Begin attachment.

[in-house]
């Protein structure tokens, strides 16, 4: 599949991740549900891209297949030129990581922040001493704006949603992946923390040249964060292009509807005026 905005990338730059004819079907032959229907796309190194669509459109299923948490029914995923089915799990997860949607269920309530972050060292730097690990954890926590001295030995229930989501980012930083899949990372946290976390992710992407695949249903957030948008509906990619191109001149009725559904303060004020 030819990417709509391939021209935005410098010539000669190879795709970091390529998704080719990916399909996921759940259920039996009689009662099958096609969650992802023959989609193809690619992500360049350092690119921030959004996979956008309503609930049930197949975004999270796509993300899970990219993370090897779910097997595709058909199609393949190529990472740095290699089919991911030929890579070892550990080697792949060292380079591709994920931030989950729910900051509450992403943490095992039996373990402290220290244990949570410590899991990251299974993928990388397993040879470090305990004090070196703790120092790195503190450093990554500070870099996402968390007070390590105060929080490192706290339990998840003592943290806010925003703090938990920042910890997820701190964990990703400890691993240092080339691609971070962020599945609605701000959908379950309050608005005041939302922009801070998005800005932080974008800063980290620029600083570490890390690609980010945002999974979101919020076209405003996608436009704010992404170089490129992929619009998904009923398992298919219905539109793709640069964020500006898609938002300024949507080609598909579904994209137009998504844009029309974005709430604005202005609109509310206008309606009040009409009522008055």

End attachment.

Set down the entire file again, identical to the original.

[in-house]
């Protein structure tokens, strides 16, 4: 599949991740549900891209297949030129990581922040001493704006949603992946923390040249964060292009509807005026 905005990338730059004819079907032959229907796309190194669509459109299923948490029914995923089915799990997860949607269920309530972050060292730097690990954890926590001295030995229930989501980012930083899949990372946290976390992710992407695949249903957030948008509906990619191109001149009725559904303060004020 030819990417709509391939021209935005410098010539000669190879795709970091390529998704080719990916399909996921759940259920039996009689009662099958096609969650992802023959989609193809690619992500360049350092690119921030959004996979956008309503609930049930197949975004999270796509993300899970990219993370090897779910097997595709058909199609393949190529990472740095290699089919991911030929890579070892550990080697792949060292380079591709994920931030989950729910900051509450992403943490095992039996373990402290220290244990949570410590899991990251299974993928990388397993040879470090305990004090070196703790120092790195503190450093990554500070870099996402968390007070390590105060929080490192706290339990998840003592943290806010925003703090938990920042910890997820701190964990990703400890691993240092080339691609971070962020599945609605701000959908379950309050608005005041939302922009801070998005800005932080974008800063980290620029600083570490890390690609980010945002999974979101919020076209405003996608436009704010992404170089490129992929619009998904009923398992298919219905539109793709640069964020500006898609938002300024949507080609598909579904994209137009998504844009029309974005709430604005202005609109509310206008309606009040009409009522008055």